August 16, 2014
John Adams, Whig (Bradley J. Birzer, 8/14/14, Imaginative Conservative)
In an 1818 letter to the publisher, Hezekial Niles, Adams perceptively noted the role of ideas in the formation of the American revolutionary determination:But what do we mean by the American Revolution? Do we mean the American War? The Revolution was effected before the War commenced. The Revolution was in the minds and hearts of the people, a change in their religious sentiments of their duties and obligations. While the king, and all in authority under him, were believed to govern in justice and mercy according to the laws and constitution derived to them from the God of nature, and transmitted to them by their ancestors, they thought themselves bound to pray for the king and queen and all the royal family, and all in authority under them, as ministers ordained of God for their good. But when they saw those powers renouncing all the principles of authority, and bent upon the destruction of all the securities of their lives, liberties, and properties, they thought it their duty to pray for the Continental Congress and all the thirteen state congresses, etc.Perhaps few shaped that very thought and gave as much voice to the movement of revolution as had Adams. Jefferson had brilliance and flash when it came to ideas. But, Adams had perseverance.One of his most interesting arguments can be found in his oft-neglected and nearly forgotten Novanglus letters, a spirited defense of the movement toward revolution from 1754 to 1775. He wrote twelve of them, and they represent one of the finest summations of what is called by its allies, Anglo-Saxon history, and its detractors, Whig history. In sum, Adams argued that American sentiment, soul, and passions represent yet one stage of the time-ful struggle of power and liberty. Seeing the rising tyranny and corruption in the mother land, the colonists had the choice: to succumb or to resist.In resisting, they proved not only their English-ness but also their western-ness. As such, their resistance amounted to rebellion and reformation more than what we post-1789 types would consider "revolution."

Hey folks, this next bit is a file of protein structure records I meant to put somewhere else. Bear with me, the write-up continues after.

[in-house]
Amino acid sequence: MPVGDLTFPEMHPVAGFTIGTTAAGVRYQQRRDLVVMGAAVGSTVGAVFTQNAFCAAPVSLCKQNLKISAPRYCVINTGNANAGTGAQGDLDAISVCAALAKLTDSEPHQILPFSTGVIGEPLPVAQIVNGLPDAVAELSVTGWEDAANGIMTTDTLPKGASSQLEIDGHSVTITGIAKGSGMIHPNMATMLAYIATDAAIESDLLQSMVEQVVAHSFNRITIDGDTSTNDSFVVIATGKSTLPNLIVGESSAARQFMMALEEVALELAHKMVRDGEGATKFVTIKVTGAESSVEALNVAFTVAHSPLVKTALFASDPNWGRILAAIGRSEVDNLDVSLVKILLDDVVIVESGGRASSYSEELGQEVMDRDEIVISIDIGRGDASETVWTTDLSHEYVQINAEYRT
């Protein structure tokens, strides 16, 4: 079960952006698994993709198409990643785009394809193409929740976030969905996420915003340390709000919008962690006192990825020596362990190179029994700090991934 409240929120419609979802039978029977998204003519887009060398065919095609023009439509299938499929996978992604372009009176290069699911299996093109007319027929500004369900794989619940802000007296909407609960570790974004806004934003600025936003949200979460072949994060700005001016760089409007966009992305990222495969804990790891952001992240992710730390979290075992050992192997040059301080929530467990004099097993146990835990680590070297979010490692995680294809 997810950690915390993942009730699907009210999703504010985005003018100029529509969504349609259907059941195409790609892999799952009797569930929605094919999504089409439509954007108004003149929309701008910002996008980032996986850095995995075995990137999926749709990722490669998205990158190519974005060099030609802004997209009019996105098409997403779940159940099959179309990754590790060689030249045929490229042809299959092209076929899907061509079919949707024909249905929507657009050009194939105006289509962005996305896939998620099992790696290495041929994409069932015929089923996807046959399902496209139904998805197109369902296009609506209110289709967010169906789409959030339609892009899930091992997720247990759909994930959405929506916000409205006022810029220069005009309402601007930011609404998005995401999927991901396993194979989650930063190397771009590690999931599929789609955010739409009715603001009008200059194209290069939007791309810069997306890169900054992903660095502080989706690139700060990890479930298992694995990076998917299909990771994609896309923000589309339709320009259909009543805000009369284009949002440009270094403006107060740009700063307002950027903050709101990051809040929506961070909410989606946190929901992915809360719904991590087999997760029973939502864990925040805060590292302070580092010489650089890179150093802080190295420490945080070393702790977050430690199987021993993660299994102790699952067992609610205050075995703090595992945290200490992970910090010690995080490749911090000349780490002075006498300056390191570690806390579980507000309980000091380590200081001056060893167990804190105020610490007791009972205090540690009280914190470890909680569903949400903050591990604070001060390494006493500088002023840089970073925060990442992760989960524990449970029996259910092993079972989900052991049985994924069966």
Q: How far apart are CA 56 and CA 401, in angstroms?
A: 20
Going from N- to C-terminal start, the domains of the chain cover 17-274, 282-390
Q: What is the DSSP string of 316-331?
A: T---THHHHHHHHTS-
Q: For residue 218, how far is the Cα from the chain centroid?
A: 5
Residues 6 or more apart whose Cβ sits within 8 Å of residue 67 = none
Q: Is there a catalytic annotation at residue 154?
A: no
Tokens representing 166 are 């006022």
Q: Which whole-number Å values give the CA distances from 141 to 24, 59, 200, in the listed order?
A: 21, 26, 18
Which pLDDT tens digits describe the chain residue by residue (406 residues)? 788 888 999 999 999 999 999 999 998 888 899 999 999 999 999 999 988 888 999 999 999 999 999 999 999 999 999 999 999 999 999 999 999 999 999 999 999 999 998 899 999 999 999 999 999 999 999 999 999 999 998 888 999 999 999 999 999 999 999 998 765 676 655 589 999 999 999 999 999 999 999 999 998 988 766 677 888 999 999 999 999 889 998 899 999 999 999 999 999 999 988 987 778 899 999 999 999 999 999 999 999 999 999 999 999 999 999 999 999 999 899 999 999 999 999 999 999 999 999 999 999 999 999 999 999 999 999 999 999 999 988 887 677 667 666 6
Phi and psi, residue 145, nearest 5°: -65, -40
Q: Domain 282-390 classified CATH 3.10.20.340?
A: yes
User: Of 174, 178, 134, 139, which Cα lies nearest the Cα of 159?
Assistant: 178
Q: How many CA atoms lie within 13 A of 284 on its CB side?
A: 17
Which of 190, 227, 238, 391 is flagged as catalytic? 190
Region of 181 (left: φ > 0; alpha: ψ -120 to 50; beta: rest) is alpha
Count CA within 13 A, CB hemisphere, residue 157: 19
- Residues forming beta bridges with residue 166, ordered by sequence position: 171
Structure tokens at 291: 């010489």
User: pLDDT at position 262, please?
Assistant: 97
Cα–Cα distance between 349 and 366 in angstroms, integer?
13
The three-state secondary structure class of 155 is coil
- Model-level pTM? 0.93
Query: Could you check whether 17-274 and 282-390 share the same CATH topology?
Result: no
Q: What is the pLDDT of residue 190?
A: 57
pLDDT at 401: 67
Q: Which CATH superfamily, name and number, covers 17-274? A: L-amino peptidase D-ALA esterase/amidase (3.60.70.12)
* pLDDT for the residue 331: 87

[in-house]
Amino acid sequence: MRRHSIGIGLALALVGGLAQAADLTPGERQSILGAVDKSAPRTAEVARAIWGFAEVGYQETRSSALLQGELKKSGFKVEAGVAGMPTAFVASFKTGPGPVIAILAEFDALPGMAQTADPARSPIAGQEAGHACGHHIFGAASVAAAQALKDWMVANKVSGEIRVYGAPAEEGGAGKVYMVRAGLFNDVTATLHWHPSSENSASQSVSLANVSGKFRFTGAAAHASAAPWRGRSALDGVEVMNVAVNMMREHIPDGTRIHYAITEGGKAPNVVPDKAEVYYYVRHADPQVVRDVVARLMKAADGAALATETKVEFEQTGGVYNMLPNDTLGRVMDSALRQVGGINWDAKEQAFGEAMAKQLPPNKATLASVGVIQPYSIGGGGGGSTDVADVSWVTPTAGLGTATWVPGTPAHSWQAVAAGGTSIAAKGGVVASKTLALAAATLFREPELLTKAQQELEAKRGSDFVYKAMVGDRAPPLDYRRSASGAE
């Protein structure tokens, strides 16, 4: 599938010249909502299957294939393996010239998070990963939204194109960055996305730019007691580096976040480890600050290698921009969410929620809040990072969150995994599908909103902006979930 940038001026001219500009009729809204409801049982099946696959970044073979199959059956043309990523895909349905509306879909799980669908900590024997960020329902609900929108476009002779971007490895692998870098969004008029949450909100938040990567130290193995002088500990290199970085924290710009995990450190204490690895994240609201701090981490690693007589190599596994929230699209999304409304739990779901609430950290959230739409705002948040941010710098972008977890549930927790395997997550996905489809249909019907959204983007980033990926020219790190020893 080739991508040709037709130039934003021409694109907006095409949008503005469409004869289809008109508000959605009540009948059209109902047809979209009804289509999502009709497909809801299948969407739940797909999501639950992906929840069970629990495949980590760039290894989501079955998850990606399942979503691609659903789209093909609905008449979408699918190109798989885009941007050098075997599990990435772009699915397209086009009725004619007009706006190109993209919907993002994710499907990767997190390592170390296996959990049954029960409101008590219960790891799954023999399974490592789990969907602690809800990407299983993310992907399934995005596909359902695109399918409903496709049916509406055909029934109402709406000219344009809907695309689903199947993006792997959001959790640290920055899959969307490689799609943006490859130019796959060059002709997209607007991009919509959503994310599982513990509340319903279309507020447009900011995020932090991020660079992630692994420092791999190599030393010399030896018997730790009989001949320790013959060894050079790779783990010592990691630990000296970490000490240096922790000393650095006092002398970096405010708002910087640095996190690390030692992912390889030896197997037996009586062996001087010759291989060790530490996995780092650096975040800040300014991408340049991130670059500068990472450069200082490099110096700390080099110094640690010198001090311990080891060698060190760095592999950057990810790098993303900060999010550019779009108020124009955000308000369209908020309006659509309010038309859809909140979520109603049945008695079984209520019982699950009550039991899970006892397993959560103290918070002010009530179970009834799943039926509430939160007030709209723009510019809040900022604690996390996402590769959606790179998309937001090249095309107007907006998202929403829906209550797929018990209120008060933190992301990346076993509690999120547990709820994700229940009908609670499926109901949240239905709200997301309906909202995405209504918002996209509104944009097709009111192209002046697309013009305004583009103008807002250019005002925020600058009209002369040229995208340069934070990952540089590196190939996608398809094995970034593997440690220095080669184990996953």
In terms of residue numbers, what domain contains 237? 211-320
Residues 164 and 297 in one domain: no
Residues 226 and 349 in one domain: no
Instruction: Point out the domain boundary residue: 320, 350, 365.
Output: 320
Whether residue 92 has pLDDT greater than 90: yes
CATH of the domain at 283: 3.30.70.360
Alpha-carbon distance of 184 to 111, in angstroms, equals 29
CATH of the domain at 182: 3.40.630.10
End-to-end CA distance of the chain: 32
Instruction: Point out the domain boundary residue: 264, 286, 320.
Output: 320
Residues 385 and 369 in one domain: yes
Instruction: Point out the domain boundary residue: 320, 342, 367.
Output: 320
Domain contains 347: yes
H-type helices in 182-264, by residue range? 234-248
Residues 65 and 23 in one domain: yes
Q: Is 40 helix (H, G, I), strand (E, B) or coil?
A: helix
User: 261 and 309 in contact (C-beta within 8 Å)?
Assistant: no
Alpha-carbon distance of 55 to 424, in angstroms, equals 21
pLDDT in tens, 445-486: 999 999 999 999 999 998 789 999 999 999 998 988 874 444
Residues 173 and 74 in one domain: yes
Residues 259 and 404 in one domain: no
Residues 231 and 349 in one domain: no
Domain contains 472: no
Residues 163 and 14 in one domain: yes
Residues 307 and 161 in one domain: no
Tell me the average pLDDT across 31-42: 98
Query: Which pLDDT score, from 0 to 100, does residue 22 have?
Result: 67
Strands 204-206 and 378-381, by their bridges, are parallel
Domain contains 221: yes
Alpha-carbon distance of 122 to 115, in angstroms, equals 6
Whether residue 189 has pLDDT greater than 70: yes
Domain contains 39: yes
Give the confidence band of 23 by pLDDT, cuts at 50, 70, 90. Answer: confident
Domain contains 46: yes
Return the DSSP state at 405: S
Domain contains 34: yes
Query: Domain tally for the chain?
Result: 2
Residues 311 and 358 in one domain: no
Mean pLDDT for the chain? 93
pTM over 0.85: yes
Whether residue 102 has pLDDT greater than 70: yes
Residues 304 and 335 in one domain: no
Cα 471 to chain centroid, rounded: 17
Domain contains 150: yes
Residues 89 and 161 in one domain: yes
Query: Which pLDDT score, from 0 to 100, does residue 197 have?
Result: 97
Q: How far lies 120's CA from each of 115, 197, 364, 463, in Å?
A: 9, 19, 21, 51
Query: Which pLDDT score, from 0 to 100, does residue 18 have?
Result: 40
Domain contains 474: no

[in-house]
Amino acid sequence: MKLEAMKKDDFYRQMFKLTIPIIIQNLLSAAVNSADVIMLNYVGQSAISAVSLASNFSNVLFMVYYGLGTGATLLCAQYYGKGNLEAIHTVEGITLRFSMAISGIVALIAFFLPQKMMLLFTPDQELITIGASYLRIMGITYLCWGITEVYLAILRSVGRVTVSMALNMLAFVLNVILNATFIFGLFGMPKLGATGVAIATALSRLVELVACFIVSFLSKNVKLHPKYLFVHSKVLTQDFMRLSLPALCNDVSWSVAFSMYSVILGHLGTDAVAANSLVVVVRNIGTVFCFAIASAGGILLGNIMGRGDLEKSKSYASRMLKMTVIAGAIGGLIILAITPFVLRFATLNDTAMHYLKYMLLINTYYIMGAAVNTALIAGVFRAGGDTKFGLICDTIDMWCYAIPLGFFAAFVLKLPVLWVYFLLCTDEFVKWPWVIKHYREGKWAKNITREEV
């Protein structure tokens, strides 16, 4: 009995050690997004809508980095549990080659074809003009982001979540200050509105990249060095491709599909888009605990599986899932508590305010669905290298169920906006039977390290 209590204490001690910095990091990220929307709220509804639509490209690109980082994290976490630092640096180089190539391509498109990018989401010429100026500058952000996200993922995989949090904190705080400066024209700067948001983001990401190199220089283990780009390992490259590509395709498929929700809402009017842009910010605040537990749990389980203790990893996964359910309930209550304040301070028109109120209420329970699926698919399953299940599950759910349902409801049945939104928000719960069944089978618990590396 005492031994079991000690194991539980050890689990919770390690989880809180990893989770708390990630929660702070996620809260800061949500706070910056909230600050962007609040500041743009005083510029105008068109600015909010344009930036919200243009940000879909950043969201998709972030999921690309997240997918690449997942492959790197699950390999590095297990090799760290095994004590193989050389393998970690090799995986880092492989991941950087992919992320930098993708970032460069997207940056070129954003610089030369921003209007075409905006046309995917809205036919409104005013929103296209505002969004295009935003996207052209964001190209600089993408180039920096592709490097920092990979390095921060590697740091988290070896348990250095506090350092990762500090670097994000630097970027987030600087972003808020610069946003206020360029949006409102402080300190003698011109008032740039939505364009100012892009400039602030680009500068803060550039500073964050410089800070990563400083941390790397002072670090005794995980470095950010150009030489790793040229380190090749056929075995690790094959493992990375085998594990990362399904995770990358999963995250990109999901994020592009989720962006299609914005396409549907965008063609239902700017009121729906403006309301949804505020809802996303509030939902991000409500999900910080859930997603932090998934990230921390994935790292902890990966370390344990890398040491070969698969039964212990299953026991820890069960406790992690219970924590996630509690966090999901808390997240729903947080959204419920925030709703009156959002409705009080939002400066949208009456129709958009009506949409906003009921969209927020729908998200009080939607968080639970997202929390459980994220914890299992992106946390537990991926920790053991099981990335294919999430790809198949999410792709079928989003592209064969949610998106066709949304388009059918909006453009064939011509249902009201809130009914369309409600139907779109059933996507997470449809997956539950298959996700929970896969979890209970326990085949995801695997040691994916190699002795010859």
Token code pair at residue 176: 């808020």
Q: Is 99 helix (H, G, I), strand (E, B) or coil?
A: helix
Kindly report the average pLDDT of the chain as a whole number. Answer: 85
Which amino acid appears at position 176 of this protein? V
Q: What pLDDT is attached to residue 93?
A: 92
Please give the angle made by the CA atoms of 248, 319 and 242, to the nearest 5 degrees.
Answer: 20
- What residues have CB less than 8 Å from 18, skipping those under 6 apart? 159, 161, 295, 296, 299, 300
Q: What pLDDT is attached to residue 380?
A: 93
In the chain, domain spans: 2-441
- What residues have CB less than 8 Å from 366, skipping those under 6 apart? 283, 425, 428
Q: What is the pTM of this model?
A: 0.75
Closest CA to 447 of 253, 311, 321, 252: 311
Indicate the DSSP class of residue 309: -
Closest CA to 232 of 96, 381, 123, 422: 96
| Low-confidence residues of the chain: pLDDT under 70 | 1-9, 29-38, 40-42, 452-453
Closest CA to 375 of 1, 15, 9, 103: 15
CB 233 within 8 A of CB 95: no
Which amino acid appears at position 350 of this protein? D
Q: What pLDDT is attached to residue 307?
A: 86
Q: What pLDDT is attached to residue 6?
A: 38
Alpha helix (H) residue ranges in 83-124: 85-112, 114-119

Posted by Orrin Judd at August 16, 2014 6:46 AM